Governor Newsom reiterated this week that he wants to speed up the PG&E bankruptcy case so the company can be restructured in time for next year’s wildfire season. He added that, if that does not happen, the state could step in and restructure the utility if the parties fail to reach an agreement quickly, noting wildfire victims need money immediately and cannot afford to wait until PG&E’s June 30 deadline for exiting bankruptcy.
In a closed-door meeting with several Northern California mayors and PG&E’s CEO Bill Johnson, Newsom discussed several possible options, including the possibility of the state taking over the utility or turning the utility into a co-op of several cities.
A spokesman for Newsom told reporters after the meeting that the Governor spelled out, in vivid detail, how the blackouts have prevented people from refilling lifesaving prescriptions and using powered breathing machines, as well as how small businesses and schools were closed for days.
Johnson defended the company, telling reporters after the meeting that the power shutoffs have been well planned and executed.
“I came to California with one basic purpose – let’s make sure we don’t kill anybody at our operations. I think we achieved that this year. I understand the hardship, I apologize for it, but for me, safety has to come first.”
State and local government leaders disagree, saying PG&E has communicated poorly and has often given conflicting accounts about when the lights would go out. In a response to the California Public Utilities Commission (CPUC) last week, PG&E acknowledged “various, and in some cases, extreme, shortcomings.”
Notwithstanding, PG&E has been aggressive in shutting off power during dry, windy conditions to prevent wildfires, and Johnson said he believes the company won’t have power shutoffs on this scale in 10 years as it works to “sectionalize the system.”
A judge appointed a mediator, and the first meeting is scheduled for Wednesday in San Francisco. But Tuesday, mayors and local leaders from more than two dozen cities and counties scattered across PG&E’s sprawling service area endorsed an alternative proposal by urging regulators to consider a still-nascent proposal to convert the utility into a customer-owned cooperative.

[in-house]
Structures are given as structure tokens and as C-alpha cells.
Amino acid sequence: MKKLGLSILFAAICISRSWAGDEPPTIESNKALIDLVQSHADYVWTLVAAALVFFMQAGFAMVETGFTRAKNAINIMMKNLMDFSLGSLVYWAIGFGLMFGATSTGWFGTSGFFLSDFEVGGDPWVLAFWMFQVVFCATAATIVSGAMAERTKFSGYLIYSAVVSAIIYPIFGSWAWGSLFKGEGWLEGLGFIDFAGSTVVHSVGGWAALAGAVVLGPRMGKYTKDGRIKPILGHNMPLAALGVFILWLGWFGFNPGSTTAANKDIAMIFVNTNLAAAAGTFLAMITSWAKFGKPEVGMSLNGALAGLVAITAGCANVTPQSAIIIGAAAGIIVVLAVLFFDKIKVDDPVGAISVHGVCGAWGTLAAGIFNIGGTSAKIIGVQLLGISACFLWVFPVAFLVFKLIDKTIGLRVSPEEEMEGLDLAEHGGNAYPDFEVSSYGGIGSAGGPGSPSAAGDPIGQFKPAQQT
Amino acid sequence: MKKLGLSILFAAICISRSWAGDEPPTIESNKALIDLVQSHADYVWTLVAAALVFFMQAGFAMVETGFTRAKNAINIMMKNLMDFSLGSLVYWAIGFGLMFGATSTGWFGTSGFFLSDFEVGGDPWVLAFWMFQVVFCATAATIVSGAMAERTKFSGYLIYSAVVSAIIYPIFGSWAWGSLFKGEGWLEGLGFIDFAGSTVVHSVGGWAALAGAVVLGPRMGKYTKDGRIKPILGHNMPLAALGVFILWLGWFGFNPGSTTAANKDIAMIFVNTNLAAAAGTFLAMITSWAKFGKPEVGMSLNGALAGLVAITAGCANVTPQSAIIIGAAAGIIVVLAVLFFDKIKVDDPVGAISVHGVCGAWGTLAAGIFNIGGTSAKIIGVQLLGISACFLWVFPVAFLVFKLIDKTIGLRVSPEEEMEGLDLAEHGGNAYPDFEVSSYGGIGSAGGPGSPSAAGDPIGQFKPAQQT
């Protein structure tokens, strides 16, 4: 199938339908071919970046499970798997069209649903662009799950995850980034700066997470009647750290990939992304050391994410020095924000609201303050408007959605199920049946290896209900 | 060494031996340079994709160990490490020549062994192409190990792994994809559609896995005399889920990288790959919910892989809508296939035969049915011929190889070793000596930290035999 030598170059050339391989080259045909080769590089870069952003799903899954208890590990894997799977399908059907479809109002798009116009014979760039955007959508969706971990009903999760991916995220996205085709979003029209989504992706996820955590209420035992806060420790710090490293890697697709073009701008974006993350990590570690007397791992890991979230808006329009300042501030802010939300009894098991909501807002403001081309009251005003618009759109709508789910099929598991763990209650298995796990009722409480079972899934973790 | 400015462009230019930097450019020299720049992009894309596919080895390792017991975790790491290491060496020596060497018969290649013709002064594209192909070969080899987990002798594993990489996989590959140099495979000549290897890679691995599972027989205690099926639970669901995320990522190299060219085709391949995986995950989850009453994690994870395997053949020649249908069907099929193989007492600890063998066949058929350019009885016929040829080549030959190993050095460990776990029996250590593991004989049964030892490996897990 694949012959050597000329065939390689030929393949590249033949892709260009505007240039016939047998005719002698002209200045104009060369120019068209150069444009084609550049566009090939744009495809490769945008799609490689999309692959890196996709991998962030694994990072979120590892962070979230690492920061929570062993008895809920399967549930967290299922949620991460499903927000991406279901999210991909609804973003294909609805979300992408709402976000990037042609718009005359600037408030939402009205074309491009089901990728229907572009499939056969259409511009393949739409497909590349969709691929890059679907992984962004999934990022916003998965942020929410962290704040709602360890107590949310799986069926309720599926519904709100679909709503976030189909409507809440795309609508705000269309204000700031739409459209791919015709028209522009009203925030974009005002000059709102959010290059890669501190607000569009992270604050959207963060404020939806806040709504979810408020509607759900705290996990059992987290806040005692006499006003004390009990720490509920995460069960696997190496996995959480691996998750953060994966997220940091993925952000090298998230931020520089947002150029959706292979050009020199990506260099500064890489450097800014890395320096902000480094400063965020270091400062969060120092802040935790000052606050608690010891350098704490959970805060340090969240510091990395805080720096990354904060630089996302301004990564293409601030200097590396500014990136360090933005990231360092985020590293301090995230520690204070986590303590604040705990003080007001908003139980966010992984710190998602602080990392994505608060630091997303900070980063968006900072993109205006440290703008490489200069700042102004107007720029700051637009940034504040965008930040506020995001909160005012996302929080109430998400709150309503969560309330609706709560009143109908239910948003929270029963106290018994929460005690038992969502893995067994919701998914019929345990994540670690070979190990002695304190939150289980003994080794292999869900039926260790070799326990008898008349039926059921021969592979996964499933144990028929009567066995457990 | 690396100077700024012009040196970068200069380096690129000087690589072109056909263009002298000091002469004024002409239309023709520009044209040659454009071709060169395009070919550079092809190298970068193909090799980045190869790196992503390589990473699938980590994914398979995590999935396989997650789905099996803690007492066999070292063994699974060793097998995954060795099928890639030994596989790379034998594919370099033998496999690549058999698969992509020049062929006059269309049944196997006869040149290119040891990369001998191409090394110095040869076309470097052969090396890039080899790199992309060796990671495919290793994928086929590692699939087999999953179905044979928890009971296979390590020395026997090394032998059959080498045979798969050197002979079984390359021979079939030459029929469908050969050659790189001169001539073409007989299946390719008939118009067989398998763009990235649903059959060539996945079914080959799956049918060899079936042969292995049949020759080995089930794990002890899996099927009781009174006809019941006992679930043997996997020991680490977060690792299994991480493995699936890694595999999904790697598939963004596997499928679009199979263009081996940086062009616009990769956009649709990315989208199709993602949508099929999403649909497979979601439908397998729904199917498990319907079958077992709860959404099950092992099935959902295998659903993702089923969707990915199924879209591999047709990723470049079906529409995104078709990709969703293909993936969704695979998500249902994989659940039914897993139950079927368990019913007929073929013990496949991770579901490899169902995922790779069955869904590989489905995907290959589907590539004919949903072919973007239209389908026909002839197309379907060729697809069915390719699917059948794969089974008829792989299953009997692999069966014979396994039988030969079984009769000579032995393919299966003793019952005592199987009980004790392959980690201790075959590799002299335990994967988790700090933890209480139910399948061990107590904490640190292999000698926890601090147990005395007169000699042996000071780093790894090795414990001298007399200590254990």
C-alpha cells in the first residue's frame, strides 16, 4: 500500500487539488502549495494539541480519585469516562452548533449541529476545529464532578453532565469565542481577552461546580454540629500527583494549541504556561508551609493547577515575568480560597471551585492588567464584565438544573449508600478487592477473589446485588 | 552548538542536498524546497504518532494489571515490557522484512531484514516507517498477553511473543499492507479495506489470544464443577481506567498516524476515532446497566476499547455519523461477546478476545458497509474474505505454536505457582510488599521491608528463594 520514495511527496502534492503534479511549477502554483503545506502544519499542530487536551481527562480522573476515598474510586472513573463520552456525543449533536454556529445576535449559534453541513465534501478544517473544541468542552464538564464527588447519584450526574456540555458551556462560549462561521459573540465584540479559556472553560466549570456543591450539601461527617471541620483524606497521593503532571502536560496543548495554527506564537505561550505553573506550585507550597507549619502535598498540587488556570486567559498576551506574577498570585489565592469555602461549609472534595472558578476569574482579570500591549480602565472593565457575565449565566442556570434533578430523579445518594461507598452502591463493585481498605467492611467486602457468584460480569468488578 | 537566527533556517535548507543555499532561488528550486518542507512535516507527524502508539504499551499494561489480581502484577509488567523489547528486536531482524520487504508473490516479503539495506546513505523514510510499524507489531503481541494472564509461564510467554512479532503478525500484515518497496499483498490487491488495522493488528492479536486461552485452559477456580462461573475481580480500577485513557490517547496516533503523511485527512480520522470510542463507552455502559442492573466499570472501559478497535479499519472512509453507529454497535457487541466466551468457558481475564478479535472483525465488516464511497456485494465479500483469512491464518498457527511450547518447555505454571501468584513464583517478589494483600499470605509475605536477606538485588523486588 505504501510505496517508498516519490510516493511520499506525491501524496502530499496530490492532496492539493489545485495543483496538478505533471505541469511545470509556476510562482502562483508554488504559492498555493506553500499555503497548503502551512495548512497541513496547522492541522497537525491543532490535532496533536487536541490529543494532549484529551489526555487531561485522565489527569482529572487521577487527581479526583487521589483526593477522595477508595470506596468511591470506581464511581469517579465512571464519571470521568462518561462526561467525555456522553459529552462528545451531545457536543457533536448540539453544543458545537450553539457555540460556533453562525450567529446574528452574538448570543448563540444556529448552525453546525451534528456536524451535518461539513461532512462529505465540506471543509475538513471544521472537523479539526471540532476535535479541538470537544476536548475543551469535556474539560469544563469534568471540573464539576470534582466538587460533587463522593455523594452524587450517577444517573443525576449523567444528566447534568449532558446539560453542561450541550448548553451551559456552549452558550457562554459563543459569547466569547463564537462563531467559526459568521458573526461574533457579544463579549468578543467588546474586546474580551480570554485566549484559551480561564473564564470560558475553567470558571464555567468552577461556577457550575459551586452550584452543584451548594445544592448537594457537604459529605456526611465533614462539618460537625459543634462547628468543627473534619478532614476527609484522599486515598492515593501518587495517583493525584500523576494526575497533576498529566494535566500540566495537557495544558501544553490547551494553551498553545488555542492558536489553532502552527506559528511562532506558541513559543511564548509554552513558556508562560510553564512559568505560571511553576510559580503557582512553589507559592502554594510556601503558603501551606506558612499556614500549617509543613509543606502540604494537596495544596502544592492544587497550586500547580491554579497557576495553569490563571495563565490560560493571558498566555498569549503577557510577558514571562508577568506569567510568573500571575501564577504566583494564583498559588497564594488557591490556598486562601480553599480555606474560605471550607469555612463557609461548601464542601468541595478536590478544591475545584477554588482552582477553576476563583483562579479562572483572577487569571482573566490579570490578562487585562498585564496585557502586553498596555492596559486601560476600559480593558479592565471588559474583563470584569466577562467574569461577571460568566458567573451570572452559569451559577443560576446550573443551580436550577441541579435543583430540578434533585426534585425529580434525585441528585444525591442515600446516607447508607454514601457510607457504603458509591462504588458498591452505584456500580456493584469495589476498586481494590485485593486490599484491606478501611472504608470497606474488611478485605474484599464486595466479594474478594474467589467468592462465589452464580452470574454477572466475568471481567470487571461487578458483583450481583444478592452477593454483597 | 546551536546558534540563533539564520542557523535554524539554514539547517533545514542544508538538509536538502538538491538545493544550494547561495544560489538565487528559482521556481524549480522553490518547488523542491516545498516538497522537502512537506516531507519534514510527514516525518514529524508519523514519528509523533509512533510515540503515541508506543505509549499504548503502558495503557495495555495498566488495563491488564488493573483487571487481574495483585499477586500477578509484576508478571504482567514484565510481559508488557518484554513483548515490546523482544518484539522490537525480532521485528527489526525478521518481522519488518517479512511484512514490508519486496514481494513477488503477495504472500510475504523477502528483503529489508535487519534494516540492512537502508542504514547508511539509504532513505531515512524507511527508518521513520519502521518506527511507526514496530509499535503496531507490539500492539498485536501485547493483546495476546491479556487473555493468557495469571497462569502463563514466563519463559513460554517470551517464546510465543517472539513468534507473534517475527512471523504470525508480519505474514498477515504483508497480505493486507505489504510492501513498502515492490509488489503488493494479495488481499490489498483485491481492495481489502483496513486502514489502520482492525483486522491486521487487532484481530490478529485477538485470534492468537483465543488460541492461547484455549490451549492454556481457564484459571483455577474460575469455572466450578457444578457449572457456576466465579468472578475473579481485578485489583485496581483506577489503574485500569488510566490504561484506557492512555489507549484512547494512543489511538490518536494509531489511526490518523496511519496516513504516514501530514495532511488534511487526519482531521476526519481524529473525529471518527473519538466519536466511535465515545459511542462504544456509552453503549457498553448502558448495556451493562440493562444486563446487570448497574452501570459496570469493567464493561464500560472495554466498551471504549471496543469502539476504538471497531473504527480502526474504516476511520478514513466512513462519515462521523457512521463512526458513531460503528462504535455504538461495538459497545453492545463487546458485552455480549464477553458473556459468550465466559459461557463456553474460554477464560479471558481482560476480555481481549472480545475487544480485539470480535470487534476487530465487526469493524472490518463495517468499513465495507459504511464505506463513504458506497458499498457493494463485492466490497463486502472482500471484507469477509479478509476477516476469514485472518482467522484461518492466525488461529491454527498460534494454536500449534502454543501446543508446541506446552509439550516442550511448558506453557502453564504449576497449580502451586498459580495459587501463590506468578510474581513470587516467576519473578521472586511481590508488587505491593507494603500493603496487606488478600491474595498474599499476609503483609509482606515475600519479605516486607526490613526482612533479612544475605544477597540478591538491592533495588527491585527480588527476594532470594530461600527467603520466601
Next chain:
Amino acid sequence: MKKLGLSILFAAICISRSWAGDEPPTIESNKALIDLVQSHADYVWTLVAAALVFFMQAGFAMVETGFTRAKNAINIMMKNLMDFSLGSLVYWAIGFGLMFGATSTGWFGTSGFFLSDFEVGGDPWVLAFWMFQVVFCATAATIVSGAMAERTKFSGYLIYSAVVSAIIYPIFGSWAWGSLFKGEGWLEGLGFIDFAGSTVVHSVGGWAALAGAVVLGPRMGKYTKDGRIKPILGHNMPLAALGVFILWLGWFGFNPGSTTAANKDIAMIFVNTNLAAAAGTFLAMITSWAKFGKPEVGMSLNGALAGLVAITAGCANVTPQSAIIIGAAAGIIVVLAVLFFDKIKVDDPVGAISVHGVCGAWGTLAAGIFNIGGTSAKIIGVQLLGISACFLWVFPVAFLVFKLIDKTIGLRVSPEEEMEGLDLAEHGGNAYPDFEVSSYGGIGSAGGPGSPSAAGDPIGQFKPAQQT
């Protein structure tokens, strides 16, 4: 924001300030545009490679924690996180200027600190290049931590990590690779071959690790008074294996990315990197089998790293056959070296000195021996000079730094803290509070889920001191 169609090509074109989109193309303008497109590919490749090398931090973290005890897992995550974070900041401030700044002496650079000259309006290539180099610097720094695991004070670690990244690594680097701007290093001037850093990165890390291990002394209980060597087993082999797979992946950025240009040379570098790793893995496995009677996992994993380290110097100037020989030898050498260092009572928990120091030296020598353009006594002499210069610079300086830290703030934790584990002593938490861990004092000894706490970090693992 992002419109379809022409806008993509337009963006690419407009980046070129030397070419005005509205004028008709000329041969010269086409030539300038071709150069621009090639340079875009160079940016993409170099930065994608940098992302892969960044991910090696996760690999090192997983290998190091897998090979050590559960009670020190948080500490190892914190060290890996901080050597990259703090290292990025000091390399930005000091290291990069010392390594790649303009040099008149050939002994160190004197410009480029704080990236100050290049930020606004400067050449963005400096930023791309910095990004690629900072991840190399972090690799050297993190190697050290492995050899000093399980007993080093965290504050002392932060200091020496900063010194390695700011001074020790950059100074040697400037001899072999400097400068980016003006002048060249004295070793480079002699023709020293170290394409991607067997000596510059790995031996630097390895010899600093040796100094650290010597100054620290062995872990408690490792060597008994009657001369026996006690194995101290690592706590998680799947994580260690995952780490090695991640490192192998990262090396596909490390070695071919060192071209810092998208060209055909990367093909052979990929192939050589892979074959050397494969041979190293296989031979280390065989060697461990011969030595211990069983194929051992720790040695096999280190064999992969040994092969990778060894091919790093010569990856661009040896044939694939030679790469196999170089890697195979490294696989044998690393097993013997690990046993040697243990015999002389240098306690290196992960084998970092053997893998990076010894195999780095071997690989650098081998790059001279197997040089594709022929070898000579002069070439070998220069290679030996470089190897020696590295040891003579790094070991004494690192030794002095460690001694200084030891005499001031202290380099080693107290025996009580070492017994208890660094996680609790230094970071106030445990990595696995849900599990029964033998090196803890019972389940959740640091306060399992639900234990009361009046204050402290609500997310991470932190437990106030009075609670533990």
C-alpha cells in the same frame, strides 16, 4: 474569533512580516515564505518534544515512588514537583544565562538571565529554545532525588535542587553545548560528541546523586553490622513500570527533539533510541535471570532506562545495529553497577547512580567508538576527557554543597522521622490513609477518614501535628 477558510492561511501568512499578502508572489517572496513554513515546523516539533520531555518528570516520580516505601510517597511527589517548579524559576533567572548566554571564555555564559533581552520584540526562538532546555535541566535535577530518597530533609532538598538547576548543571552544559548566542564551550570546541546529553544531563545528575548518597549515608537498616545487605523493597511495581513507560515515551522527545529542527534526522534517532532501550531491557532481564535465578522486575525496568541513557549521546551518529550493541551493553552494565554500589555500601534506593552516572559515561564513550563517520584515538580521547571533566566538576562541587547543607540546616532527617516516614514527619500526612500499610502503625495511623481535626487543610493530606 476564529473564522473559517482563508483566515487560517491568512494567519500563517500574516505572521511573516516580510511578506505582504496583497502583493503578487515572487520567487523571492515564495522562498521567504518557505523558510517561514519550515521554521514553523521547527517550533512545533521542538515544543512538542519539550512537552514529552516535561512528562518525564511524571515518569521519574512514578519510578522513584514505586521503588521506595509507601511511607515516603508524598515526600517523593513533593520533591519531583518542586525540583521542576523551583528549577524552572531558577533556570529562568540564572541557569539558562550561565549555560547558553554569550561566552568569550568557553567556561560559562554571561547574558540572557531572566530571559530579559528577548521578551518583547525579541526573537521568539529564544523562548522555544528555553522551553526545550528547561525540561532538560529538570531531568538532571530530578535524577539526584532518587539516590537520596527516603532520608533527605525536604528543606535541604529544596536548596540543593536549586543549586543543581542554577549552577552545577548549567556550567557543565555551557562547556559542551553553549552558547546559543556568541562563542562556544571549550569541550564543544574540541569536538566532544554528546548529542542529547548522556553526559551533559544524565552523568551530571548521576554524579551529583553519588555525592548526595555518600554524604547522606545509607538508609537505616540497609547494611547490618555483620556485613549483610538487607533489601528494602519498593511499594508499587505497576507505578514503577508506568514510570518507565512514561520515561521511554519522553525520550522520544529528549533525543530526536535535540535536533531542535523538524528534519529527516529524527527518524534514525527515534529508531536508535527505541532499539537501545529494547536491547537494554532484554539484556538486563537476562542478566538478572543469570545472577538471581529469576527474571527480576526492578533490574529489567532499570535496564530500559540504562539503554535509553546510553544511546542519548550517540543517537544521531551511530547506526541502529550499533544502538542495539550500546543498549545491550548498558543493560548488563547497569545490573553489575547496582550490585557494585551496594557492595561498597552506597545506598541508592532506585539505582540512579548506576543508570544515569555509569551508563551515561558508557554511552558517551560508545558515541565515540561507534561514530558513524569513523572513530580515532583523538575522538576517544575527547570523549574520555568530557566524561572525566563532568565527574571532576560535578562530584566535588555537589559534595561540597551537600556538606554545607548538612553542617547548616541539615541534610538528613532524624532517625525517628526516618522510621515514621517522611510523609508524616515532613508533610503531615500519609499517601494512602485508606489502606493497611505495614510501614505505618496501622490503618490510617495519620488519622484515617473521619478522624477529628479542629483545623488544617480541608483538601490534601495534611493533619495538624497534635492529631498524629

The request outlined in a letter to the CPUC echoes an idea already floated by Newsom and San Jose Mayor Sam Liccardo, who joined other leaders pushing for an alternative to keeping PG&E under the ownership of profit-driven investors.
Turning the utility into a nonprofit company, “would allow PG&E to begin the process of restoring public confidence, in part by allowing the public to have greater role in determining decisions that increasingly have come to define matters of life and death,” the letter asserted.
Frank Wolak, professor of economics at Stanford University, says the plan may be a risky move.
“The big issue is, what are you going to do with the liabilities of PG&E? Very likely, you’ll have to take those on or in some way deal with those.”
In a co-op takeover, because the utility faces $30 billion or more in potential liabilities from past wildfires, the participating counties and cities would likely have to raise tens of billions of dollars in the municipal bond market to buy PG&E. They would then need to pay for the expensive improvements needed to ensure the utility could keep the power on instead of resorting to planned blackouts during the late summer and early autumn, when California’s climate traditionally escalates the risk of wildfires.
While legislation would not likely be necessary, 2020 is an election year, and there will likely be some members that will push these ideas into legislation in the next session.